Donald Trump is getting the "state visit-plus" experience in Beijing on Wednesday, according to China's US ambassador. But President Xi Jinping will not allow himself to be sidelined by his grandiose guest.
The Chinese media have been speculating for days about what kind of reception the US president will receive in the capital, and what political symbolism it might entail. Donald Trump is frequently described as the "first foreign head of state to visit China since the 19th party congress." The Communist Party event at the end of October marked the consolidation of Xi Jinping's power. Receiving Trump is the next step for the Chinese leader.
"For Xi, it is important that China and the United States are perceived as equals during the visit," said Paul Haenle, head of the Carnegie-Tsinghua Center at Tsinghua University in Beijing. "For their part, the Americans will try to avoid the visit being seen as a 'G2 summit' or a meeting of 'the two most powerful leaders in the world.'"
Special red carpet
Robert Daly, director of the Kissinger Institute for US-Chinese relations at the Wilson Center, says that for China's leadership, the most important message the Communist Party can send to the people is that Xi is great and that China under Xi's leadership is also great. "The red carpet that China has prepared for Trump is wider and thicker than any carpet ever rolled out for a US president," he said. "China's leaders believe they can flatter Trump, and thereby manipulate him. In other words, they're not afraid of Trump, and see him more as a paper tiger."
The North Korea issue
Shortly before Trump left for Asia, Shi Yinhong, director of the Center for American Studies at Beijing's Renmin University, commented that Trump's expectations of his visit to China were boundless. "He's hoping for substantial economic concessions from China," Shi said. "From his stops in the other Asian countries, he's expecting two things. His allies should more strongly support the US course on North Korea. At the same time, the visit is meant to have the long-term effect of restricting China's political influence."
The other countries on Trump's itinerary are Japan, South Korea, Vietnam and the Philippines – five countries in 12 days. China is the third stop on this first trip to Asia for the US leader, and the schedule is so packed that there won't be much time for intensive talks with his Chinese counterpart. Shi believes Trump is likely to push Xi to up the pressure on North Korea. "It's possible that Chinese sanctions could be increased," he said. "But China is not going to completely abandon its trade relations with North Korea, and will only partly cooperate, meaning that the conflict will continue."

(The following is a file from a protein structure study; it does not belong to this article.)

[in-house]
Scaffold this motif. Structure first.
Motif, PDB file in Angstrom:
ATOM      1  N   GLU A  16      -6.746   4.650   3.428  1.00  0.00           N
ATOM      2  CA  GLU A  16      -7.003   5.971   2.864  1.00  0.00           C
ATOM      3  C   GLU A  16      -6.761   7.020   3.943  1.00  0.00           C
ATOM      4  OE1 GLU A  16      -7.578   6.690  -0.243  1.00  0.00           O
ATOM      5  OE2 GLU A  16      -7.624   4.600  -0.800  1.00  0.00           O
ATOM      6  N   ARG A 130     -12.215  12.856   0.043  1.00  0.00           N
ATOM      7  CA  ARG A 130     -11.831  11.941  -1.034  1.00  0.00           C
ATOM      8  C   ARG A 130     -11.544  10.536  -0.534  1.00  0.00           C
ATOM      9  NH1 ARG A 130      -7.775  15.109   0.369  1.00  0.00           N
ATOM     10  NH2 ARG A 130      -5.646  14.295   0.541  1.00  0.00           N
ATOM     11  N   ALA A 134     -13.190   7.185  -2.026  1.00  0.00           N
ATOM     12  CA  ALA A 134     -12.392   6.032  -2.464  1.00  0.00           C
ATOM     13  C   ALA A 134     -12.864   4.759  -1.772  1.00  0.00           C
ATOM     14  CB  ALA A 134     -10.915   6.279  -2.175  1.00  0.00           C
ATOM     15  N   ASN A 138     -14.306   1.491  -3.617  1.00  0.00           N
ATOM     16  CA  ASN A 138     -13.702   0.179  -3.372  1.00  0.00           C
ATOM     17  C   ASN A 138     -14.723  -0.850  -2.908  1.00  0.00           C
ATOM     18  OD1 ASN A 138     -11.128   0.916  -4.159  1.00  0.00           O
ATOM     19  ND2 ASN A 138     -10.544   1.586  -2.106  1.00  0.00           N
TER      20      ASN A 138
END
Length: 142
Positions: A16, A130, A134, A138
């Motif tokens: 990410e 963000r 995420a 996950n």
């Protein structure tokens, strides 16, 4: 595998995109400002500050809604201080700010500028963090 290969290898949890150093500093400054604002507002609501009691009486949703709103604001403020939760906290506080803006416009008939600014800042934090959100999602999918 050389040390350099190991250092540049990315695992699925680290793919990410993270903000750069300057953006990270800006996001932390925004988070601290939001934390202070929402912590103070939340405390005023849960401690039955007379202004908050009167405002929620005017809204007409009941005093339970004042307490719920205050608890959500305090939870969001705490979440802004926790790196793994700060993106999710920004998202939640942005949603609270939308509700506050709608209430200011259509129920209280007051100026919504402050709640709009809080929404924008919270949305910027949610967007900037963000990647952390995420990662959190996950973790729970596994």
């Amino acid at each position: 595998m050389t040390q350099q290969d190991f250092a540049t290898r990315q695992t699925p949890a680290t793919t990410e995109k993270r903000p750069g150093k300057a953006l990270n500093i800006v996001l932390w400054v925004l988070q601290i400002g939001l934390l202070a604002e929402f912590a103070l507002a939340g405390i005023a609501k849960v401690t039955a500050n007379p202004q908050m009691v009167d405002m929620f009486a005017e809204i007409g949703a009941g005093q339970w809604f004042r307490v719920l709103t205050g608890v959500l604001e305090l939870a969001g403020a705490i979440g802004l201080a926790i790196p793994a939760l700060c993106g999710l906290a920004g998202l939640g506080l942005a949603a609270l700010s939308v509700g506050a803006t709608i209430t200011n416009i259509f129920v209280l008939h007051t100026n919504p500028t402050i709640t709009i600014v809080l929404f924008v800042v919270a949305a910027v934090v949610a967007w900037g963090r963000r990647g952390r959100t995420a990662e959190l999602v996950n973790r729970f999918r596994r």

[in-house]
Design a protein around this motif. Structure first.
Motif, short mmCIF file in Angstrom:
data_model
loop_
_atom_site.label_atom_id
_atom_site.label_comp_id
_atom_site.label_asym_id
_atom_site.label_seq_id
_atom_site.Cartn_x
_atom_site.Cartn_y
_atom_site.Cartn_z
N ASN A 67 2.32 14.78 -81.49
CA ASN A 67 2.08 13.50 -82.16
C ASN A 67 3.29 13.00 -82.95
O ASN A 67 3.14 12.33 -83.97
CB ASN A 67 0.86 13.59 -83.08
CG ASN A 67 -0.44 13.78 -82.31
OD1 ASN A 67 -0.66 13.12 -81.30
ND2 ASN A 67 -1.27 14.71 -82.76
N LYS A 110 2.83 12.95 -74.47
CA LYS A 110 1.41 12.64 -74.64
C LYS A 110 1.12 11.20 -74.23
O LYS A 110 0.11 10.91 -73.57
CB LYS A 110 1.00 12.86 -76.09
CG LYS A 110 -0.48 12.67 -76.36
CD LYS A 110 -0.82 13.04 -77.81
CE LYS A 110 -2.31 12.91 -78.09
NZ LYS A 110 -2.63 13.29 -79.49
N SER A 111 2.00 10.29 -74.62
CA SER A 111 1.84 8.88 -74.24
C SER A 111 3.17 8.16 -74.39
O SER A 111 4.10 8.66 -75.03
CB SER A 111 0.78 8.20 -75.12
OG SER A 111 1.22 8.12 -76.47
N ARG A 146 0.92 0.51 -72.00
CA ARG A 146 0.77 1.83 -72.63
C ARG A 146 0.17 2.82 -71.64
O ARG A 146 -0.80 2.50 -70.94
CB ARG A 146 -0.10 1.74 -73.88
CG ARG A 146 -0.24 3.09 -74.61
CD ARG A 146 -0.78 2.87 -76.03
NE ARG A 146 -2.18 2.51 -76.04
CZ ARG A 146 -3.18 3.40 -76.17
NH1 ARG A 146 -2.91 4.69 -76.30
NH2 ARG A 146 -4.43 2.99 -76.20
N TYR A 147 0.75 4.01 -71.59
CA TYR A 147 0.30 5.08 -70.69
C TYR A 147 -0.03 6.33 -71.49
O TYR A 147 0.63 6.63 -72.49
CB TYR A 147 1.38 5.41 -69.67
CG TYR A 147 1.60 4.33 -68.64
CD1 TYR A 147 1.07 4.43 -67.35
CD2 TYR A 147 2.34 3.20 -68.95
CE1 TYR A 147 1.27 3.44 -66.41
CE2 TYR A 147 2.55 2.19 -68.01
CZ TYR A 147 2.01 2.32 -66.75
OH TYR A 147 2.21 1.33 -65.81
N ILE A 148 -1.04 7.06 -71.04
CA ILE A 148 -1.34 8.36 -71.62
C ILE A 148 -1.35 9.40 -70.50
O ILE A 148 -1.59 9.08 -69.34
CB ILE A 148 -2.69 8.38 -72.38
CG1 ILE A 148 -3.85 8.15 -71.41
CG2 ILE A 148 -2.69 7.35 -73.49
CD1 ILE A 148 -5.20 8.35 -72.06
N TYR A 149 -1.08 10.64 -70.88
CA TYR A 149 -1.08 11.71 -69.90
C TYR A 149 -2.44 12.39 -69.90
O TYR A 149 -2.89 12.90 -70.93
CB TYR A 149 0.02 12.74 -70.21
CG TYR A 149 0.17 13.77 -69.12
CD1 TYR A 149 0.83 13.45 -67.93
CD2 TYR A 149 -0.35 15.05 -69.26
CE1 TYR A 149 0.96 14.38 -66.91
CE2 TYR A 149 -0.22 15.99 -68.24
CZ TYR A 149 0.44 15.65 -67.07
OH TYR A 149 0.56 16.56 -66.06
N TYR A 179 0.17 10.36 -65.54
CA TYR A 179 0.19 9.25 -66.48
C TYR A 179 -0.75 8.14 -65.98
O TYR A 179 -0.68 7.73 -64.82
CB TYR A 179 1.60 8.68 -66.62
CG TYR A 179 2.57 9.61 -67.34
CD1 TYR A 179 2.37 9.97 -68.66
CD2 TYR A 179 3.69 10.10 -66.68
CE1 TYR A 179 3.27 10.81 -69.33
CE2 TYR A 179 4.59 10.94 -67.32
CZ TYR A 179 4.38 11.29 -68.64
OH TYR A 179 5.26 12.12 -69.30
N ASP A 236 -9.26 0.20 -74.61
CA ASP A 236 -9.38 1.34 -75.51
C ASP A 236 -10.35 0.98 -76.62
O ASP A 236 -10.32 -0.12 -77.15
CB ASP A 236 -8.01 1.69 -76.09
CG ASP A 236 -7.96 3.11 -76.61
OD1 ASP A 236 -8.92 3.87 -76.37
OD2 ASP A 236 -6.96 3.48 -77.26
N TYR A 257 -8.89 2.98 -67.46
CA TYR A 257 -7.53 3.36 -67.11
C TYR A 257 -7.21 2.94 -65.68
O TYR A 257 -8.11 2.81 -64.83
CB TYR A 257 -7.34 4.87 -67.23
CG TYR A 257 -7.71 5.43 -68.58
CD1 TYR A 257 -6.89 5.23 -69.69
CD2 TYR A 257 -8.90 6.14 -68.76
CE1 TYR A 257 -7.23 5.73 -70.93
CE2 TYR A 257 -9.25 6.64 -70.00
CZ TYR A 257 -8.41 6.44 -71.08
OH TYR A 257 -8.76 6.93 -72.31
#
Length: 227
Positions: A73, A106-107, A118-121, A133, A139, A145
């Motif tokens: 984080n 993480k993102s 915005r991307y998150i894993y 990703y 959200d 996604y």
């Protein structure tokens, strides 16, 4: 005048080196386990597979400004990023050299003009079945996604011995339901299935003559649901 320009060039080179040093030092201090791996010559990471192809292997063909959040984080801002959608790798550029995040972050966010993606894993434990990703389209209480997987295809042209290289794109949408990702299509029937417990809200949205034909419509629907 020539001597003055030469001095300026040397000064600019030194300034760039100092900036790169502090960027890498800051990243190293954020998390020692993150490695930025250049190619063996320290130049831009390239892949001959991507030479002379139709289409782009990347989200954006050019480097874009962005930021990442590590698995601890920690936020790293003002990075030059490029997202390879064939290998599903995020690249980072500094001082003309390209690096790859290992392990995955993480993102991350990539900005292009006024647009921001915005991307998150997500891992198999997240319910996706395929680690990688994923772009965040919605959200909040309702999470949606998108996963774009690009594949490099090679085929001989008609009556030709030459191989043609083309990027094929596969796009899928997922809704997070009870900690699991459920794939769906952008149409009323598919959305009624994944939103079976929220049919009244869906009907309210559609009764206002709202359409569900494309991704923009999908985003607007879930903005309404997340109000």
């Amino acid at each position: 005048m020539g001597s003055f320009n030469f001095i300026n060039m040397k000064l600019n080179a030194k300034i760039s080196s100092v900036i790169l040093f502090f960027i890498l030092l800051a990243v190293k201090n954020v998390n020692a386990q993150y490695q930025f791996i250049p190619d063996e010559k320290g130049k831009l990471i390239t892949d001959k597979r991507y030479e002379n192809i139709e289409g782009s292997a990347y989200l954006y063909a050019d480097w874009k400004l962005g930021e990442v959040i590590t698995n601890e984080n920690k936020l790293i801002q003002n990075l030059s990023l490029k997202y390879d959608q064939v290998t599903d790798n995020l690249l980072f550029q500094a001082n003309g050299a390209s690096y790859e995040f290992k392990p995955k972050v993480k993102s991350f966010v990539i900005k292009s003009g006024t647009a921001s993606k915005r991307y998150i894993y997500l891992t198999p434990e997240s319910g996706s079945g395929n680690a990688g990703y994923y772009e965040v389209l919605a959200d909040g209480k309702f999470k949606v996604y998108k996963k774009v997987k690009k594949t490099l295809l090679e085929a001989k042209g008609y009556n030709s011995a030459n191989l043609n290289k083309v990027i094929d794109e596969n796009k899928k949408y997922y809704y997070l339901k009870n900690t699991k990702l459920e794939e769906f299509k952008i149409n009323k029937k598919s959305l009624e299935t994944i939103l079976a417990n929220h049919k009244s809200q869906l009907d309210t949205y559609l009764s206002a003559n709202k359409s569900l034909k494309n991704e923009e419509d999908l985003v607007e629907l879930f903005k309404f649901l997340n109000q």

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Trump without a trade strategy
In addition to the North Korea tension, trade is also on the agenda. Shortly before Trump's trip, China promised the US greater access to its markets. But observers aren't putting too much stock in the announcement, as it has been made many times before, and American companies continue to complain about the discrimination they face in China.
The US Chamber of Commerce in China has also criticized what it calls insufficient preparation for Trump's visit. William Zarit, the chamber's chairman, said little advance work had been done in the area of economics. He told reporters in Beijing that he's concerned there won't be much discussion on structural strategies.
"Trump must use his personal relationship to Xi that's been building up via phone calls, a meeting, and plenty of praise on Twitter and on TV, to reach his goals," said the Carnegie-Tsinghua Center's Paul Haenle. After his first meeting with Xi in Florida last April, Trump declared the two of them to be friends. During his presidential campaign, however, Trump frequently attacked China for what he called its unfair trade practices, and described Xi as a currency manipulator. His tone has since changed. When Xi was re-elected last month, Trump even congratulated him on his "extraordinary elevation."
Comparing Trump and Xi
And yet, the visit isn't expected to bring much in the way of concrete results. Experts say that more important is what happens after the visit. The Kissinger Institute's Daly, for example, believes the key issue is whether Trump will walk away with a strategic plan for China and Northeast Asia. To him, the most important audience for the trip is neither in China nor the United States. Rather, it's political leaders, opinion leaders, and people around the world who will be comparing the heads of the world's two biggest superpowers. "People will be asking themselves, which country is likely to be the strongest going forward?"